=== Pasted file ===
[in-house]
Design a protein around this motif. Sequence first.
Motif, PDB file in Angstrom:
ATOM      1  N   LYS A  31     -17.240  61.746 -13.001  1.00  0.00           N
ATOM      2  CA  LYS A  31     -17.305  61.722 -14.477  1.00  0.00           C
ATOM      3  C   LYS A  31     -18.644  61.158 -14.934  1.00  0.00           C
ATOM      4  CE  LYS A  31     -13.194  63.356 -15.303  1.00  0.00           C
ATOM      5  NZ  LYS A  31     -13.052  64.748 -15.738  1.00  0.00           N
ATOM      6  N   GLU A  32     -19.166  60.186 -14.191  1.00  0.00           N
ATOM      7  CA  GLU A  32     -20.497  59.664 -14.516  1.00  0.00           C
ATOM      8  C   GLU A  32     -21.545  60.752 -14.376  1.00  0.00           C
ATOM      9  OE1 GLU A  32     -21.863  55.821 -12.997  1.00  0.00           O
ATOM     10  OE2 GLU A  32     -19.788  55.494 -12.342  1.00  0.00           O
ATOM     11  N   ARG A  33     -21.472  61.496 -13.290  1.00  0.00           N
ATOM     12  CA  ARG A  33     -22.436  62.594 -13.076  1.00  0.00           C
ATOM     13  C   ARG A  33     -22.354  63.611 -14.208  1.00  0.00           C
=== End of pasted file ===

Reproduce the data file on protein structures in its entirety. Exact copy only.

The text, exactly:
[in-house]
Design a protein around this motif. Sequence first.
Motif, PDB file in Angstrom:
ATOM      1  N   LYS A  31     -17.240  61.746 -13.001  1.00  0.00           N
ATOM      2  CA  LYS A  31     -17.305  61.722 -14.477  1.00  0.00           C
ATOM      3  C   LYS A  31     -18.644  61.158 -14.934  1.00  0.00           C
ATOM      4  CE  LYS A  31     -13.194  63.356 -15.303  1.00  0.00           C
ATOM      5  NZ  LYS A  31     -13.052  64.748 -15.738  1.00  0.00           N
ATOM      6  N   GLU A  32     -19.166  60.186 -14.191  1.00  0.00           N
ATOM      7  CA  GLU A  32     -20.497  59.664 -14.516  1.00  0.00           C
ATOM      8  C   GLU A  32     -21.545  60.752 -14.376  1.00  0.00           C
ATOM      9  OE1 GLU A  32     -21.863  55.821 -12.997  1.00  0.00           O
ATOM     10  OE2 GLU A  32     -19.788  55.494 -12.342  1.00  0.00           O
ATOM     11  N   ARG A  33     -21.472  61.496 -13.290  1.00  0.00           N
ATOM     12  CA  ARG A  33     -22.436  62.594 -13.076  1.00  0.00           C
ATOM     13  C   ARG A  33     -22.354  63.611 -14.208  1.00  0.00           C